- Organizations that are exempt from tax under the Internal Revenue Code, such as a tax-exempt hospital or pension plan.
|Practice Note: Determining the Type of Entity
Whether an entity is a corporation or partnership is determined under U.S. tax law, not foreign law. This may lead to a situation in which a foreign “hybrid” entity (i.e., an entity that is classified as a partnership or other pass-through entity under foreign law but as a corporation under U.S. tax law) that has any income that is not effectively connected with a U.S. trade or business is subject to the new rules, even though the entities’ owners are subject to U.S. or a comprehensive foreign income tax on income from the entity. This might occur because a foreign corporation that has any income that is not effectively connected with a U.S. trade or business is only exempt from the new rules to the extent the corporation itself (as opposed to its owners) is subject to a comprehensive foreign income tax. In this case, the hybrid entity itself would not subject to such a tax. The IRS and Treasury Department officials have indicated that this was the intended result.
Nonqualified Entities – Foreign Corporations
A foreign corporation is generally treated as subject to a “comprehensive foreign income tax” if
- It is eligible for the benefits of a comprehensive foreign income tax treaty between its country of residence and the U.S.; or
- It can demonstrate to the satisfaction of the Treasury Department that it is resident in a foreign country that has a comprehensive income tax.
|Practice Note: List of Countries
Treasury Department officials have stated that there are currently no plans to publish a list of foreign countries that would be treated as meeting the “comprehensive foreign income tax” exclusion under Section 457A. In the absence of such guidance, affected corporations will need to make a reasonable, good-faith determination of whether their country of residence qualifies.
There are two caveats for foreign corporations which think they might qualify for the “comprehensive foreign income tax” exclusion. First, the corporation must not be taxed under a foreign tax regime that is materially more favorable than the general corporate income tax regime of the country of residence. For example, some foreign corporations may be eligible to be taxed under an “investment company” tax regime of their country of residence rather than the country’s general corporate income tax regime. If the alternative tax regime is materially more favorable to the corporation than the general income tax regime, then the corporation is not eligible for the “comprehensive foreign income tax” exclusion.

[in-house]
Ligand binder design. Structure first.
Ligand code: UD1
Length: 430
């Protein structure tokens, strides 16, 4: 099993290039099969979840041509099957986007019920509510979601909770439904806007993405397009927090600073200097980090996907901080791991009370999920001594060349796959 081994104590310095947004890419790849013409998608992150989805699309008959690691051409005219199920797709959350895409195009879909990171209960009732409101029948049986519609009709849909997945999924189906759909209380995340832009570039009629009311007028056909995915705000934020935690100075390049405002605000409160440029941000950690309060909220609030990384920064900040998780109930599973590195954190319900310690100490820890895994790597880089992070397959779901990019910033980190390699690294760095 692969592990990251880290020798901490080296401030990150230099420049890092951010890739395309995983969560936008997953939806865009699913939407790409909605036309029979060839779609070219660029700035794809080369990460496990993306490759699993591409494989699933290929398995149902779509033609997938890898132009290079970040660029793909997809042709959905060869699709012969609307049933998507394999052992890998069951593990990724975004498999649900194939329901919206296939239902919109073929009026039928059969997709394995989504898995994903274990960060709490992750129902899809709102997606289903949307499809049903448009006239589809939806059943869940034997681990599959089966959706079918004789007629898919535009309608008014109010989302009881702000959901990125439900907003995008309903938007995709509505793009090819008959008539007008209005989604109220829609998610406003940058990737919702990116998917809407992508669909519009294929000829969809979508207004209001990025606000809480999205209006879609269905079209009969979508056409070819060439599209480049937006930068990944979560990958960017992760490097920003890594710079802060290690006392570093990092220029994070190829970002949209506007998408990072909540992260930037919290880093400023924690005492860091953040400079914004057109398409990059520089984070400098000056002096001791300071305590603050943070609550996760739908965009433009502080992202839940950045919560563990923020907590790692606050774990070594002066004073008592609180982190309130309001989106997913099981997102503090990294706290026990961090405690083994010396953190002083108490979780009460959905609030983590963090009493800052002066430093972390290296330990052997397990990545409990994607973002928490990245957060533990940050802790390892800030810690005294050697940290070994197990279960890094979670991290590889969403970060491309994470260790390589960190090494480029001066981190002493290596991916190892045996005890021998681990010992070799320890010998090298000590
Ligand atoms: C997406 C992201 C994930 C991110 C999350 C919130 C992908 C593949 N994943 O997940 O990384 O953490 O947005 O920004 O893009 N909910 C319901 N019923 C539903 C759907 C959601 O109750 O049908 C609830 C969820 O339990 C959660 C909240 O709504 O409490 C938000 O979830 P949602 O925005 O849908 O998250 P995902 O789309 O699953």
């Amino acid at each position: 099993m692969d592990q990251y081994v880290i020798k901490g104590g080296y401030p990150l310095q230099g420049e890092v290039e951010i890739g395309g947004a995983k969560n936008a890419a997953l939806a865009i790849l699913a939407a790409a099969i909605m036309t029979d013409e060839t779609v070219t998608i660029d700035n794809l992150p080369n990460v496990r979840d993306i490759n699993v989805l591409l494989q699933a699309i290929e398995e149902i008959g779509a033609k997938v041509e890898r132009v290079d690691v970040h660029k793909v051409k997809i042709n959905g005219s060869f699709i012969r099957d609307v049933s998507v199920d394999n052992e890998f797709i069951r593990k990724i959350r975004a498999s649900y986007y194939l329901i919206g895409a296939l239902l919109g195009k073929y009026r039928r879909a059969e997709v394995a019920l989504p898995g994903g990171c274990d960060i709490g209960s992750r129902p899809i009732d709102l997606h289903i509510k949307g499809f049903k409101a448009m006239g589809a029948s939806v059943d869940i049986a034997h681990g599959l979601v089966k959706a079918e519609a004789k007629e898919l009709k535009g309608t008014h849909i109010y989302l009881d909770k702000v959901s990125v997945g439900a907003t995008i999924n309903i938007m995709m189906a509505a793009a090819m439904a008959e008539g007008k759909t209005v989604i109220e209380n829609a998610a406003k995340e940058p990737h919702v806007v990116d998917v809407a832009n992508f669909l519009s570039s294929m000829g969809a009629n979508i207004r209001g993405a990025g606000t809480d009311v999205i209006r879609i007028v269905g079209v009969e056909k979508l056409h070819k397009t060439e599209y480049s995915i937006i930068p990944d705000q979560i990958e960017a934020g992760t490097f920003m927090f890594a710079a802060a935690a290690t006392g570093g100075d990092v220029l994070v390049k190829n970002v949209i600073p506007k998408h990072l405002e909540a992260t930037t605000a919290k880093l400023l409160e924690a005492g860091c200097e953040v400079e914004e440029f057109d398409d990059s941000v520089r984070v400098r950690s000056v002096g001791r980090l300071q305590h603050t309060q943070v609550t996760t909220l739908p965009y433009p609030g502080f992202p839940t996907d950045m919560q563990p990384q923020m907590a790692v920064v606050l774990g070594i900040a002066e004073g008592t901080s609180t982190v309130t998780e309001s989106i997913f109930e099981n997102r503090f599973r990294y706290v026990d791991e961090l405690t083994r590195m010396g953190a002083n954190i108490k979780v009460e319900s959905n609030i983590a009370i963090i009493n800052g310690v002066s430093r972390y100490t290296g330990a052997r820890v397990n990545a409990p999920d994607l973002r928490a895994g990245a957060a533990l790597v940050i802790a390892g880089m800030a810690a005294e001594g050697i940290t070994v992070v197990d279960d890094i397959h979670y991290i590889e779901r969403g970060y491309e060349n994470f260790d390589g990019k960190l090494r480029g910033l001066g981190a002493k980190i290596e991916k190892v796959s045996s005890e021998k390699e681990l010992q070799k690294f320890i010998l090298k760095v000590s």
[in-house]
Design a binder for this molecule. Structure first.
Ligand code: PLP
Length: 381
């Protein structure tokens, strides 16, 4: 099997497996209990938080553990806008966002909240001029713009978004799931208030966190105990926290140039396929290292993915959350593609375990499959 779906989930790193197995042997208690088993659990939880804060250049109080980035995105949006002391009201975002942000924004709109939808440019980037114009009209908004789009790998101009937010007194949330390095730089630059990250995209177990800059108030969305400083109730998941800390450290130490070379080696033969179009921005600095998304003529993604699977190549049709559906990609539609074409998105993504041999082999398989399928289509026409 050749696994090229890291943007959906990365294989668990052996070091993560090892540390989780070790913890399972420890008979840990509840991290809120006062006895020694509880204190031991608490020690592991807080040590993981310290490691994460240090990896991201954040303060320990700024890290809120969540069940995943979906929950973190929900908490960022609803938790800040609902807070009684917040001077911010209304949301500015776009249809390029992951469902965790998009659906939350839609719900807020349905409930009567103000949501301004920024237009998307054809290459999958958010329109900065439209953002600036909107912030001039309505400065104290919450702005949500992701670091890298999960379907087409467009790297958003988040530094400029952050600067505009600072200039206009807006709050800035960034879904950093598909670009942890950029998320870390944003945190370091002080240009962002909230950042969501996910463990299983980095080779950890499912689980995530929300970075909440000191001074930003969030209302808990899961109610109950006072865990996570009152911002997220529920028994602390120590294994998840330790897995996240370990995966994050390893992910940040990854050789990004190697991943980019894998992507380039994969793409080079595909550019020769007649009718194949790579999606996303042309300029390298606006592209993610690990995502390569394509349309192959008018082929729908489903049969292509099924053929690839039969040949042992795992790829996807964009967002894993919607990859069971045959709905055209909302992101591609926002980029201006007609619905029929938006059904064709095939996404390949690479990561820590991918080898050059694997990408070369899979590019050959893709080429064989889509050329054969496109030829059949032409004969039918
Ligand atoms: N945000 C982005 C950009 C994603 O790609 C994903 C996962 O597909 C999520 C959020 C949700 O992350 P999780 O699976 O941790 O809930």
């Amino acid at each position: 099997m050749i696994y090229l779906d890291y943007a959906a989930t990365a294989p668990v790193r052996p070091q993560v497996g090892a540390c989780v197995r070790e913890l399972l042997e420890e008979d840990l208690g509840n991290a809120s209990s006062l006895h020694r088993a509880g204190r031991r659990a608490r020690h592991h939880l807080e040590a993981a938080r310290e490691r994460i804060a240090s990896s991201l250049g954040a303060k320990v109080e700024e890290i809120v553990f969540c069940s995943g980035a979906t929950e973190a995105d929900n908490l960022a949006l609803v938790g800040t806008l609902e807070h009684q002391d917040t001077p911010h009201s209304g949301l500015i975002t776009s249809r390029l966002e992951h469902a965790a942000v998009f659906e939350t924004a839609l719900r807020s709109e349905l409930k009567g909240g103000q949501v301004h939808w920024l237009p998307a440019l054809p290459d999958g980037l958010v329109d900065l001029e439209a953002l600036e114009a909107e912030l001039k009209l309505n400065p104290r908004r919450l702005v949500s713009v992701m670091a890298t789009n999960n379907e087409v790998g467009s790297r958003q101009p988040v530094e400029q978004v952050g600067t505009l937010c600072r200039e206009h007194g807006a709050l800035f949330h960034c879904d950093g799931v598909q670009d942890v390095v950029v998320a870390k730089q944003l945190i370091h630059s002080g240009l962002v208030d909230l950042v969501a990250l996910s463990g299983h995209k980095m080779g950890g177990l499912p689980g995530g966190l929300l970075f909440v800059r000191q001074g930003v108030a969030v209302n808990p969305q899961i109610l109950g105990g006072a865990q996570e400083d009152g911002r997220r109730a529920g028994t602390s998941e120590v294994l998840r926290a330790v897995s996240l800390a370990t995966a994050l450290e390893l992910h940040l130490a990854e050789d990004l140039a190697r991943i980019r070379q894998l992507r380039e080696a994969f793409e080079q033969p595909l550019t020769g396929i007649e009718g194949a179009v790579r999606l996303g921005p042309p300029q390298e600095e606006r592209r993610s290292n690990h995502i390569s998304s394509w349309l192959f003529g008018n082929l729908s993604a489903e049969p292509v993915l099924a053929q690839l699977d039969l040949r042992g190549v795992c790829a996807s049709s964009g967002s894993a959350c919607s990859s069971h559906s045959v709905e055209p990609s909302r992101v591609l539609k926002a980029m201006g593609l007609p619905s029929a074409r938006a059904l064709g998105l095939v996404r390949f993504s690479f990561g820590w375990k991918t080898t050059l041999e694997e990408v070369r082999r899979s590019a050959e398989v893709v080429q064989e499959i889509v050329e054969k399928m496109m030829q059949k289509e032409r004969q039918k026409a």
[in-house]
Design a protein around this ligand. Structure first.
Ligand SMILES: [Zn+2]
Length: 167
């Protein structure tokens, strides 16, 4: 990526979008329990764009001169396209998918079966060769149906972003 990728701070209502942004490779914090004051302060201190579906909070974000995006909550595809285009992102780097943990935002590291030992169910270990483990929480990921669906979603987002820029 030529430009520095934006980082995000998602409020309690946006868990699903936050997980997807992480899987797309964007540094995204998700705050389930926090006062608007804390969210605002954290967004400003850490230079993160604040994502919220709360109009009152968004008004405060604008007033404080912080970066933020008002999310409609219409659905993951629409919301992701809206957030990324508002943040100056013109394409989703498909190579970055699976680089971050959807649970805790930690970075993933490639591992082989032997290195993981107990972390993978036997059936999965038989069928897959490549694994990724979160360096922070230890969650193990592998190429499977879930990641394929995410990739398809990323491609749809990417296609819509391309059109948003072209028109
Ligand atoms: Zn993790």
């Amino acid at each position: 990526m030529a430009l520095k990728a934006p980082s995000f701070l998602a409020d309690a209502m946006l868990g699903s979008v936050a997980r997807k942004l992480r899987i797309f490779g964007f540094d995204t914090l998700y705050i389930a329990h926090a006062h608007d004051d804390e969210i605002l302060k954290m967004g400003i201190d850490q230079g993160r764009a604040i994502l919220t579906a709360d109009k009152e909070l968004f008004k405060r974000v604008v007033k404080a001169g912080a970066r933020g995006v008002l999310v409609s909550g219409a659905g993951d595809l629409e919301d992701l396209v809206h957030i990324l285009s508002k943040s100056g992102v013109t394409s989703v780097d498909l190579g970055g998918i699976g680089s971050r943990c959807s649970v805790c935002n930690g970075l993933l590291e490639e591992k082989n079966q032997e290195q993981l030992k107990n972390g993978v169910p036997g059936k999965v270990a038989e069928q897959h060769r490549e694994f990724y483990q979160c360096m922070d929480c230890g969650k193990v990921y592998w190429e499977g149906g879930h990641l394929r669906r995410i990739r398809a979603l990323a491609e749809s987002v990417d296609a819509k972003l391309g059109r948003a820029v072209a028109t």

Second, no more than 20% of the corporation’s income may be income from “excluded sources.” Excluded source income includes any nonresidence income that is not included in the corporation’s taxable income or that is subject to a rate of tax that is less than 50% of the corporation’s general income tax rate. For example, dividends received by a foreign corporation from a nonresident subsidiary may be taxed in the corporation’s country of residence at a rate that is less than 50% of the corporation’s general income tax rate. If more than 20% of the corporation’s income came from such dividends (or other excluded sources), then the corporation would not be eligible for the “comprehensive foreign income tax” exclusion.
|Practice Note: Carve-Out For Effectively-Connected Income, etc.
Importantly, excluded source income does NOT include income that is effectively connected to a U.S. trade or business or dividends of either a U.S. corporation or other corporation substantially all of the income of which is subject to a comprehensive foreign income tax. Because the latter part of this carve-out only covers dividends, foreign corporations that receive income from unincorporated branches or other business units (“branch income”) cannot use the carve out, even if the income is subject to U.S. or a comprehensive foreign income tax.
Nonqualified Entities – Partnerships
Although only foreign corporations may be subject to the new rules, domestic as well as foreign partnerships (including any limited liability company that has elected to be taxed as a partnership) can be covered. The key for determining whether a partnership is a “nonqualified entity” is to know how and to whom the partnership’s income is ultimately allocated. This requires both an understanding of the partnership agreement as well as knowledge of the partnership’s owners at all levels of ownership. Because of the complexity of some partnership structures, determining the ultimate allocation of the partnership’s income can be a difficult task. Unfortunately, the new rules require this task to be performed annually, further complicating compliance.